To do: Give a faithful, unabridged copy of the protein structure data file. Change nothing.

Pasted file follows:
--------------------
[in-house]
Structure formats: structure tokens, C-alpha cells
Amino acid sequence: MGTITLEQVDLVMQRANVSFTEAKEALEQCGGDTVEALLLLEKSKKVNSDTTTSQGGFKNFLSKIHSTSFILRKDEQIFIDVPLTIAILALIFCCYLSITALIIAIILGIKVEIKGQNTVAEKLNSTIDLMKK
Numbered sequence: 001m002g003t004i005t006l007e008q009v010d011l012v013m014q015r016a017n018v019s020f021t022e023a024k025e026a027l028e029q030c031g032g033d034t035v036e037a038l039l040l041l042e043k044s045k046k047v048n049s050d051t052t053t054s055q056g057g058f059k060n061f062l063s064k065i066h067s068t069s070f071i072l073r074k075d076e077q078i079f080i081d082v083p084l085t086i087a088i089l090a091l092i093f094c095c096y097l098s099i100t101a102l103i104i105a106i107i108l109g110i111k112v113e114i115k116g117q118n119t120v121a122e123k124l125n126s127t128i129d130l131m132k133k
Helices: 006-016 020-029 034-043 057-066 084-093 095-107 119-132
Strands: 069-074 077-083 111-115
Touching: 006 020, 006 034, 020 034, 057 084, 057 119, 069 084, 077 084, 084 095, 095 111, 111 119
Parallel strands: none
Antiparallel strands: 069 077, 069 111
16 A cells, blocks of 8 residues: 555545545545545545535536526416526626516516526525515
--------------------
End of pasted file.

[in-house]
Structure formats: structure tokens, C-alpha cells
Amino acid sequence: MGTITLEQVDLVMQRANVSFTEAKEALEQCGGDTVEALLLLEKSKKVNSDTTTSQGGFKNFLSKIHSTSFILRKDEQIFIDVPLTIAILALIFCCYLSITALIIAIILGIKVEIKGQNTVAEKLNSTIDLMKK
Numbered sequence: 001m002g003t004i005t006l007e008q009v010d011l012v013m014q015r016a017n018v019s020f021t022e023a024k025e026a027l028e029q030c031g032g033d034t035v036e037a038l039l040l041l042e043k044s045k046k047v048n049s050d051t052t053t054s055q056g057g058f059k060n061f062l063s064k065i066h067s068t069s070f071i072l073r074k075d076e077q078i079f080i081d082v083p084l085t086i087a088i089l090a091l092i093f094c095c096y097l098s099i100t101a102l103i104i105a106i107i108l109g110i111k112v113e114i115k116g117q118n119t120v121a122e123k124l125n126s127t128i129d130l131m132k133k
Helices: 006-016 020-029 034-043 057-066 084-093 095-107 119-132
Strands: 069-074 077-083 111-115
Touching: 006 020, 006 034, 020 034, 057 084, 057 119, 069 084, 077 084, 084 095, 095 111, 111 119
Parallel strands: none
Antiparallel strands: 069 077, 069 111
16 A cells, blocks of 8 residues: 555545545545545545535536526416526626516516526525515